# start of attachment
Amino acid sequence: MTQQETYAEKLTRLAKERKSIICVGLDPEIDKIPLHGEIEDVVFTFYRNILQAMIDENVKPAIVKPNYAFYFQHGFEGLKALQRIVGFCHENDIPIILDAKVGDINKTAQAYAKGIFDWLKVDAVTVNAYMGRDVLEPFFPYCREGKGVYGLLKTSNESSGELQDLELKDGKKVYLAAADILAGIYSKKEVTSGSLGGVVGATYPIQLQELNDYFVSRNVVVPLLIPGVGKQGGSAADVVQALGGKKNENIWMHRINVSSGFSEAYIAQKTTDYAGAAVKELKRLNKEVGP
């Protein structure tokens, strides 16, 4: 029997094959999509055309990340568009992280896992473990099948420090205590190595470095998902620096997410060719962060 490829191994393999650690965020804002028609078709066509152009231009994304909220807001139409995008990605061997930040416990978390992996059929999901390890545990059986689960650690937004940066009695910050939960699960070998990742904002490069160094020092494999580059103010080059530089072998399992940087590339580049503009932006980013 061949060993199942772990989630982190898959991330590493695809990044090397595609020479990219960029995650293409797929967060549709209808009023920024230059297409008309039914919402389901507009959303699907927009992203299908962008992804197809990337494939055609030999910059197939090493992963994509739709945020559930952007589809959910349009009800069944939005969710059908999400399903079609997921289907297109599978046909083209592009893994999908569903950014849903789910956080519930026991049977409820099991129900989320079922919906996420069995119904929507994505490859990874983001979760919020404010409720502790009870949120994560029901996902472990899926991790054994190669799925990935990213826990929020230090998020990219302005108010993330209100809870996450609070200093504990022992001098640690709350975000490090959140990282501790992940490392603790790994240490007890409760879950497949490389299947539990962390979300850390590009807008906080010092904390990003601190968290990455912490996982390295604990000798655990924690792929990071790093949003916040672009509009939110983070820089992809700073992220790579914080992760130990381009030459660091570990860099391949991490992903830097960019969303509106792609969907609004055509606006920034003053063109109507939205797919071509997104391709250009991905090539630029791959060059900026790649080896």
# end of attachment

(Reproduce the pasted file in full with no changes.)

Amino acid sequence: MTQQETYAEKLTRLAKERKSIICVGLDPEIDKIPLHGEIEDVVFTFYRNILQAMIDENVKPAIVKPNYAFYFQHGFEGLKALQRIVGFCHENDIPIILDAKVGDINKTAQAYAKGIFDWLKVDAVTVNAYMGRDVLEPFFPYCREGKGVYGLLKTSNESSGELQDLELKDGKKVYLAAADILAGIYSKKEVTSGSLGGVVGATYPIQLQELNDYFVSRNVVVPLLIPGVGKQGGSAADVVQALGGKKNENIWMHRINVSSGFSEAYIAQKTTDYAGAAVKELKRLNKEVGP
């Protein structure tokens, strides 16, 4: 029997094959999509055309990340568009992280896992473990099948420090205590190595470095998902620096997410060719962060 490829191994393999650690965020804002028609078709066509152009231009994304909220807001139409995008990605061997930040416990978390992996059929999901390890545990059986689960650690937004940066009695910050939960699960070998990742904002490069160094020092494999580059103010080059530089072998399992940087590339580049503009932006980013 061949060993199942772990989630982190898959991330590493695809990044090397595609020479990219960029995650293409797929967060549709209808009023920024230059297409008309039914919402389901507009959303699907927009992203299908962008992804197809990337494939055609030999910059197939090493992963994509739709945020559930952007589809959910349009009800069944939005969710059908999400399903079609997921289907297109599978046909083209592009893994999908569903950014849903789910956080519930026991049977409820099991129900989320079922919906996420069995119904929507994505490859990874983001979760919020404010409720502790009870949120994560029901996902472990899926991790054994190669799925990935990213826990929020230090998020990219302005108010993330209100809870996450609070200093504990022992001098640690709350975000490090959140990282501790992940490392603790790994240490007890409760879950497949490389299947539990962390979300850390590009807008906080010092904390990003601190968290990455912490996982390295604990000798655990924690792929990071790093949003916040672009509009939110983070820089992809700073992220790579914080992760130990381009030459660091570990860099391949991490992903830097960019969303509106792609969907609004055509606006920034003053063109109507939205797919071509997104391709250009991905090539630029791959060059900026790649080896």